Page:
Natural Bridge on the Rogue River

Rogue River National Forest / Prospect / Crater Lake National Park, Oregon, USA

About Natural Bridge on the Rogue River


Hiking Distance: 1/2-mile round trip
Suggested Time: 30-45 minutes

Date first visited: 2016-07-15
Date last visited: 2016-07-15

Waterfall Latitude: 42.88924
Waterfall Longitude: -122.46555

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The Natural Bridge on the Rogue River was something we stumbled upon while making the long drive from Medford to Crater Lake National Park.

We certainly didn’t anticipate visiting this quirk of Nature, and even when we did, we had debated whether it deserved its own waterfall write-up.

Natural_Bridge_rogue_008_07152016 - Looking upstream at one of the cascades on the Rogue River just downstream from the Natural Bridge
Looking upstream at one of the cascades on the Rogue River just downstream from the Natural Bridge

Well, as you can see on this page, we decided to consider it a waterfalling attraction mostly because the Rogue River cascaded and sloped in several tiers.

Indeed, it was difficult to tell whether the river was tumbling as a waterfall, cascade, or merely rapids.

So we gave it the benefit of the doubt.

The Natural Bridge and Volcanism

One thing was for sure, the reason why this place earned the name Natural Bridge was that it was basically where the Rogue River flowed through an ancient lava tube.

Natural_Bridge_rogue_026_07152016 - Looking across a turbulent cascade towards a cave spring just downstream of the Natural Bridge on the Rogue River
Looking across a turbulent cascade towards a cave spring just downstream of the Natural Bridge on the Rogue River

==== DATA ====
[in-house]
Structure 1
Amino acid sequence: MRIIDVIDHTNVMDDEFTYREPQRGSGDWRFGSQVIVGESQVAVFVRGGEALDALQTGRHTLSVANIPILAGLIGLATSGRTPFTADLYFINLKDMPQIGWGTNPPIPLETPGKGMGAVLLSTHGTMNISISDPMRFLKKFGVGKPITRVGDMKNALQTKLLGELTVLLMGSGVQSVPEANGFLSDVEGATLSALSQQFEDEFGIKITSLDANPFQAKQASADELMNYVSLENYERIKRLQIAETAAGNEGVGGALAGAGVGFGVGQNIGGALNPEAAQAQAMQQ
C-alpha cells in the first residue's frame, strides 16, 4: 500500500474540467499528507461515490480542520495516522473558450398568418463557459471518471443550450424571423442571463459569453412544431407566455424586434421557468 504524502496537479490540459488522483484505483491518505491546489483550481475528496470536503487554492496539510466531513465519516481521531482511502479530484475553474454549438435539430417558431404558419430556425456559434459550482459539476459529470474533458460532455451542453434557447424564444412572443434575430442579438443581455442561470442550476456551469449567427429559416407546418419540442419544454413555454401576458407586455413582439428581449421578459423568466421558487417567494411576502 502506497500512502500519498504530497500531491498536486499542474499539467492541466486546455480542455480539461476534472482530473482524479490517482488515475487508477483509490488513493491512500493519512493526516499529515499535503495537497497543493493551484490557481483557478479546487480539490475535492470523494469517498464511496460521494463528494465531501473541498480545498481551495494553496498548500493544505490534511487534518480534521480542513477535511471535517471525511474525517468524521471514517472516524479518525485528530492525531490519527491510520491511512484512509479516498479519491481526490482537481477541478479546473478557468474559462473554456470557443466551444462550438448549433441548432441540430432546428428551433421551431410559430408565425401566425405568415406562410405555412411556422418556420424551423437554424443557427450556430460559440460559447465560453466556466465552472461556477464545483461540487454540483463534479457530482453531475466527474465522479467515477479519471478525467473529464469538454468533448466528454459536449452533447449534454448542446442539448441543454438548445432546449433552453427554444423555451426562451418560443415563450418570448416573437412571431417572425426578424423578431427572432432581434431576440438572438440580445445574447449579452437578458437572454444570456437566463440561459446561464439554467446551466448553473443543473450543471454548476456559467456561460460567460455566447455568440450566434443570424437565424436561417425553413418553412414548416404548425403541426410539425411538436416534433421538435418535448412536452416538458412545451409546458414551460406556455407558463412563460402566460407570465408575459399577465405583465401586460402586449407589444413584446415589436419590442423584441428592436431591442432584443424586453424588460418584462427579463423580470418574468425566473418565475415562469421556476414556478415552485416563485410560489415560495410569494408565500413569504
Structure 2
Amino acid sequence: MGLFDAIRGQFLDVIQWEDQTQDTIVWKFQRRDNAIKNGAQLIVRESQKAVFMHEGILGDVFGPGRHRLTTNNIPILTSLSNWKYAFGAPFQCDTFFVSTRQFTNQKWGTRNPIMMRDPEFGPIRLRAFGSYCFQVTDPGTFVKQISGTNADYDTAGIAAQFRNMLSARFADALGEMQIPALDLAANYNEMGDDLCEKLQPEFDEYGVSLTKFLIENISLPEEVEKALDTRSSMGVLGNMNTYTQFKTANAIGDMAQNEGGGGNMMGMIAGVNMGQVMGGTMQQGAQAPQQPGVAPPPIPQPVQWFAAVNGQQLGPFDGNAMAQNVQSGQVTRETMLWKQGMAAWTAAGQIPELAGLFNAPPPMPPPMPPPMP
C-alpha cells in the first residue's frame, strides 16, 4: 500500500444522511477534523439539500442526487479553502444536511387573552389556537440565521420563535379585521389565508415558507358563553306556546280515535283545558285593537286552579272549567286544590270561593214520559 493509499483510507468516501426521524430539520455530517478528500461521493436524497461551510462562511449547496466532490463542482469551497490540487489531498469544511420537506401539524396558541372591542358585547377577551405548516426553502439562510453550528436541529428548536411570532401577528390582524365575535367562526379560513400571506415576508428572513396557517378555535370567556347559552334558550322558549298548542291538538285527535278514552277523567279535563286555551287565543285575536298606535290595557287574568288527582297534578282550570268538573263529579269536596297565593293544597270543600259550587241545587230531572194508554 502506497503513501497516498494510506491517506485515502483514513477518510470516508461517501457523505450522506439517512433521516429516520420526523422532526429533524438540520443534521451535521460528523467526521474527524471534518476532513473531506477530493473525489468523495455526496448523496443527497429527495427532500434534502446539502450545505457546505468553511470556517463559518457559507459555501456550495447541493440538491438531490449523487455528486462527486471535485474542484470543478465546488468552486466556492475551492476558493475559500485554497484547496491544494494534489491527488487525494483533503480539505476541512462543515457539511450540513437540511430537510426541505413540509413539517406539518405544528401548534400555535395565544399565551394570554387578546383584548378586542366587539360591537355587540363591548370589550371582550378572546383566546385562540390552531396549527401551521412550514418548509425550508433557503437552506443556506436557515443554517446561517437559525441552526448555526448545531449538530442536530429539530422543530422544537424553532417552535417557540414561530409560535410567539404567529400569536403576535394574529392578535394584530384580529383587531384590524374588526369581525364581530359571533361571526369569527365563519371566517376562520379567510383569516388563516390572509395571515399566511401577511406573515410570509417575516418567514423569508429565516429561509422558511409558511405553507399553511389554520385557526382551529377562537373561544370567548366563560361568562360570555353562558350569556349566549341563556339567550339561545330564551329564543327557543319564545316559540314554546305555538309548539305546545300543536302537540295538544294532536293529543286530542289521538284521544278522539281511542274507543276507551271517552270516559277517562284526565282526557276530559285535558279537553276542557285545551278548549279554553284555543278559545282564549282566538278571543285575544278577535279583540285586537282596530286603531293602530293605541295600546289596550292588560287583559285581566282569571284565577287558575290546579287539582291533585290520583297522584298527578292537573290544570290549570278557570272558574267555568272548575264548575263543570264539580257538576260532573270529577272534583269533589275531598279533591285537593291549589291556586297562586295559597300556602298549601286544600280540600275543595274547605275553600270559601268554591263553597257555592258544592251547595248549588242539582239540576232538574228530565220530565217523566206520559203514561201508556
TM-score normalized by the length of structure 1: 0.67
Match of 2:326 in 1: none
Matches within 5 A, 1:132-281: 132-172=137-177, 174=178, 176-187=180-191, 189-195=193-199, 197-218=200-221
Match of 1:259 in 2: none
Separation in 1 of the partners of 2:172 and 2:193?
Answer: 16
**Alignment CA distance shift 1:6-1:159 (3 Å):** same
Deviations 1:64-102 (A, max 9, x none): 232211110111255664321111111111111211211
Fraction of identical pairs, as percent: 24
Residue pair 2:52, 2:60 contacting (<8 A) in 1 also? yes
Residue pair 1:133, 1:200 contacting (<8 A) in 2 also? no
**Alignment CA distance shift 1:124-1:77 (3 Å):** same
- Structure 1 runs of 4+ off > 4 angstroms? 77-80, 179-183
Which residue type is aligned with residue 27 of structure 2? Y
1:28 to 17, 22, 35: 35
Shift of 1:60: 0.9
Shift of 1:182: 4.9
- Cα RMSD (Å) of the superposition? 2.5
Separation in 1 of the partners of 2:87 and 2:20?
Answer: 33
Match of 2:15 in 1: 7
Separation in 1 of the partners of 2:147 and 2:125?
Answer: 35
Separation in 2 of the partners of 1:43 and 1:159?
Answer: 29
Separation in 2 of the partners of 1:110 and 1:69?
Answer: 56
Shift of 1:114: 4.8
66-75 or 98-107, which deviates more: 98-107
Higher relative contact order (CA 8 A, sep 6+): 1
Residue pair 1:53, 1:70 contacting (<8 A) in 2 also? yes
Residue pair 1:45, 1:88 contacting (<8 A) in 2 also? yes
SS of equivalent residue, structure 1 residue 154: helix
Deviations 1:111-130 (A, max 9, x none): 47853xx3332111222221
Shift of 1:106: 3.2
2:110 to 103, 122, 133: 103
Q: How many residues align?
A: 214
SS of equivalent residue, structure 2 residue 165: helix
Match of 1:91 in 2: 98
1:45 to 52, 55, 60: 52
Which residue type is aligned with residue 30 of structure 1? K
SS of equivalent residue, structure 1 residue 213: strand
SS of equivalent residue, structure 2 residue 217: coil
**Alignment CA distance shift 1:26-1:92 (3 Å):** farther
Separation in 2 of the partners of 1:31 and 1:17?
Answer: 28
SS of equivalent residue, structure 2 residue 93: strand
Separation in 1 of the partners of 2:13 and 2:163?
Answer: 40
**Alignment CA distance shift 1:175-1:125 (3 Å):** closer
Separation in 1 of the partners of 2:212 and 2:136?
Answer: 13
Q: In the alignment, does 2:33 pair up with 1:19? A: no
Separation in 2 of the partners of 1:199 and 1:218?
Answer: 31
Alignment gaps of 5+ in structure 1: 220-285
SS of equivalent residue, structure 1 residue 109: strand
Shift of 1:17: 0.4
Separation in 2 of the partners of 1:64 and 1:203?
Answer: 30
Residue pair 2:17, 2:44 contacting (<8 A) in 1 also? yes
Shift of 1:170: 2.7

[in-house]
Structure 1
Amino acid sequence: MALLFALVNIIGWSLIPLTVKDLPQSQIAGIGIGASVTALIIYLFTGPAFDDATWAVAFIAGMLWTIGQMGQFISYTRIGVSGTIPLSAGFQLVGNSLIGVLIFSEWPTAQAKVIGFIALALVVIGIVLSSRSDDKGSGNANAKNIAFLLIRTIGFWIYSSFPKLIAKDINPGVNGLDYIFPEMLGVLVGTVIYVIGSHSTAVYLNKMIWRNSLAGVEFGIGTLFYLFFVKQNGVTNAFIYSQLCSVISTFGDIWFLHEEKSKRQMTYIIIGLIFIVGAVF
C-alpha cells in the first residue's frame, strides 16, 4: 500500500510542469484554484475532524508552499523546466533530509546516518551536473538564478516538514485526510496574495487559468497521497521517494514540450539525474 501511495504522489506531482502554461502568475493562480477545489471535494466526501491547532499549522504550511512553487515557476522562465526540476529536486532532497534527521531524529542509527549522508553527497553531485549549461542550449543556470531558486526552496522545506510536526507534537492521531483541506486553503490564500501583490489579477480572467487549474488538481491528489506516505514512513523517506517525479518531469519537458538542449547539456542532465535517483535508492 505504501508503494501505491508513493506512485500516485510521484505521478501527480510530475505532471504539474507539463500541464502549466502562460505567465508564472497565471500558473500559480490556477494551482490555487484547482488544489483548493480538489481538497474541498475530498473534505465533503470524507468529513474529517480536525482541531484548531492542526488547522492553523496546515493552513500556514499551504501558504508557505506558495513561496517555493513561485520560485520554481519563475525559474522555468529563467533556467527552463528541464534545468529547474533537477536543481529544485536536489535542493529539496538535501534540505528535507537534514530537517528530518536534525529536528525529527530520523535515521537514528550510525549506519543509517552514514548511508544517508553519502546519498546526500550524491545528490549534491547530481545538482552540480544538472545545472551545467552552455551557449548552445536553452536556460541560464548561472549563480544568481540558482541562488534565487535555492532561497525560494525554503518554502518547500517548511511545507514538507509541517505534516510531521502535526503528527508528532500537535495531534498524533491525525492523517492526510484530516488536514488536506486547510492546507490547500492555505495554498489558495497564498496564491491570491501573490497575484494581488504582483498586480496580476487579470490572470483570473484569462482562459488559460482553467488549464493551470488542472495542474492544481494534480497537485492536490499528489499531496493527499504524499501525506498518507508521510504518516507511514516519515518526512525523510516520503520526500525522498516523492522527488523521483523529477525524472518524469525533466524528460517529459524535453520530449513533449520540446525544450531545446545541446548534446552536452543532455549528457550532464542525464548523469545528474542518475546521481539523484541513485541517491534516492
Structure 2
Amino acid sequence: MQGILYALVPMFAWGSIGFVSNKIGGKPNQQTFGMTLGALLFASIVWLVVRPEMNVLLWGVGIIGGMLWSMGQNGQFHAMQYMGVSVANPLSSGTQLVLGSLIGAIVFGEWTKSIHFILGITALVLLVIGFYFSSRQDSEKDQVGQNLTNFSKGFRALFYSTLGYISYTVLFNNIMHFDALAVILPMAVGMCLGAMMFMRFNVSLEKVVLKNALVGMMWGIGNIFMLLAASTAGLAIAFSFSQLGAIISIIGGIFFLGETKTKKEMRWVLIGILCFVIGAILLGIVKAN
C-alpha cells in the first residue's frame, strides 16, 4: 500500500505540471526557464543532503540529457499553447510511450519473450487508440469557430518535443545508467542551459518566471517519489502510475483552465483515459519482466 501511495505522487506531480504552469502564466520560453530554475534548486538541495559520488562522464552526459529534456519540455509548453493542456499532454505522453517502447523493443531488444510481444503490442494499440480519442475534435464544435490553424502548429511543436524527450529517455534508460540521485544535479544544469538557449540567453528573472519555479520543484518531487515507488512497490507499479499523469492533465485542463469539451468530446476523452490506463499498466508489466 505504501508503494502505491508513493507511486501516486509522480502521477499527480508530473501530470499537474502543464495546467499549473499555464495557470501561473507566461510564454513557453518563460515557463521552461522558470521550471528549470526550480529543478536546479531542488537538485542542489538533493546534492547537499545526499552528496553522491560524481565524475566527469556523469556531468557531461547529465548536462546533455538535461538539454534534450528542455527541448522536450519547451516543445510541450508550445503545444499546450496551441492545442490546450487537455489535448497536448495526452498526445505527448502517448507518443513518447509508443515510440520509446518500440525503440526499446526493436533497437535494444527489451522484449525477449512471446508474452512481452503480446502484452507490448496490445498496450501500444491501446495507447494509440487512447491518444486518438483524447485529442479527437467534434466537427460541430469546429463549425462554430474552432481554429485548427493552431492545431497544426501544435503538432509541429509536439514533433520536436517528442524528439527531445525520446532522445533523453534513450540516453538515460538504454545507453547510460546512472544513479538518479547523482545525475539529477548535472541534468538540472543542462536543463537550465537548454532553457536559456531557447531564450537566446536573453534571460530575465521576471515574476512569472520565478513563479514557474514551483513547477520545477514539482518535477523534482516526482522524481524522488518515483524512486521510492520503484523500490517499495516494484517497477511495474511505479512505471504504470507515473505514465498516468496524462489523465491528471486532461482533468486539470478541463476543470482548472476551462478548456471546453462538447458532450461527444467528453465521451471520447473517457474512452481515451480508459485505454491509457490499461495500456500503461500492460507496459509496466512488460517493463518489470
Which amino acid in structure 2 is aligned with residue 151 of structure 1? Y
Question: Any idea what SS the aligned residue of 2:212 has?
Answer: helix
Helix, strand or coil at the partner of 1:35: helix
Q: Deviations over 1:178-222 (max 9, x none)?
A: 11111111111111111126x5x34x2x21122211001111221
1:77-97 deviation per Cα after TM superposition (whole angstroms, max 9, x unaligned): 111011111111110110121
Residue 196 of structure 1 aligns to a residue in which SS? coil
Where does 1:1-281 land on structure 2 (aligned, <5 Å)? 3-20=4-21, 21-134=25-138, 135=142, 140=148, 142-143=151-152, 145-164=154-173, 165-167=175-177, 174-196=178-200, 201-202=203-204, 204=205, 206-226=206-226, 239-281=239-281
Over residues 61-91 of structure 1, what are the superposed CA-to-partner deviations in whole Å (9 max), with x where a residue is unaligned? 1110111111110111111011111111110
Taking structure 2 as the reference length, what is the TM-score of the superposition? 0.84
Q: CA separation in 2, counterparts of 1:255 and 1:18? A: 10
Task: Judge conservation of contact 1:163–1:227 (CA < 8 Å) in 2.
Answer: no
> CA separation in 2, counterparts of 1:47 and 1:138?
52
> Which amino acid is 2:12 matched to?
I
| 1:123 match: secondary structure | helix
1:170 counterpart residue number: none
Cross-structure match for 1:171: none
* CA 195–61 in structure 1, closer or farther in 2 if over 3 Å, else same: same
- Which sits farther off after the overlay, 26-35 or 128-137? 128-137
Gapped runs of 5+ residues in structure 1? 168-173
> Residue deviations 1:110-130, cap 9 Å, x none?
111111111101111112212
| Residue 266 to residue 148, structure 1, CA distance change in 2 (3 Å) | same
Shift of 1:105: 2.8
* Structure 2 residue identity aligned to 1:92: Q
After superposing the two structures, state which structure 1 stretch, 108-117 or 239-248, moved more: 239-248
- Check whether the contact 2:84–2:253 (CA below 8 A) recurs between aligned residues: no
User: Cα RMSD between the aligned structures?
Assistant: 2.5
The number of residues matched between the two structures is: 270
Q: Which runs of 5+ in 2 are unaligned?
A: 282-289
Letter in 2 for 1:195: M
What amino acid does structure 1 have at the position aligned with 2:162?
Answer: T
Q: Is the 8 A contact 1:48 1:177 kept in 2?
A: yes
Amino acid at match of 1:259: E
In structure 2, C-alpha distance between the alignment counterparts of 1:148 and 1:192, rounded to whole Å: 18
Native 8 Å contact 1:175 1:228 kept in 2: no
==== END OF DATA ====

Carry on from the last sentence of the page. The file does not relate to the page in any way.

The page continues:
This caused most of the raging river to disappear before re-emerging through caves as springs often near or over small waterfalls.

It was one of those displays of Nature that was better off being seen in person than captured through photographs (as the photos on this page don’t come close to doing it any justice).

The lava tube phenomenon was yet another example of the legacy of volcanism throughout the Southern Cascades, especially in this part of Southern Oregon.

While Crater Lake National Park was perhaps the most dramatic example of volcanism, this region was full of other examples.

Natural_Bridge_rogue_013_07152016 - Looking down at where the Rogue River disappeared underneath the 200-yard lava tube that was the Natural Bridge of the Rogue River
Looking down at where the Rogue River disappeared underneath the 200-yard lava tube that was the Natural Bridge of the Rogue River

This included the basalt columns of Salt Creek Falls and Toketee Falls as well as the sharp peak of Mt Thielsen.

Heck, even the nearly Mt Rainer-like shape of Mt Shasta further to the south across the state border in the northernmost of California further exemplified the consequences of the Cascade Ranges and the Pacific Ring of Fire.

Interpretive signs here explained that basalt lava flows once filled this basin where the outer layers of the lava cooled rapidly.

However, the insides of the lava flow remained molten and hot until the lava completely drained through, which left behind a lava tube.

Hawaii_Volcanoes_NP_008_03102007 - This was a lava tube that we visited in the Big Island of Hawaii. Now imagine the Rogue River rushing through one of these!
This was a lava tube that we visited in the Big Island of Hawaii. Now imagine the Rogue River rushing through one of these!

We’ve seen examples of this on the Big Island of Hawaii, where we actually walked through some of its lava tubes.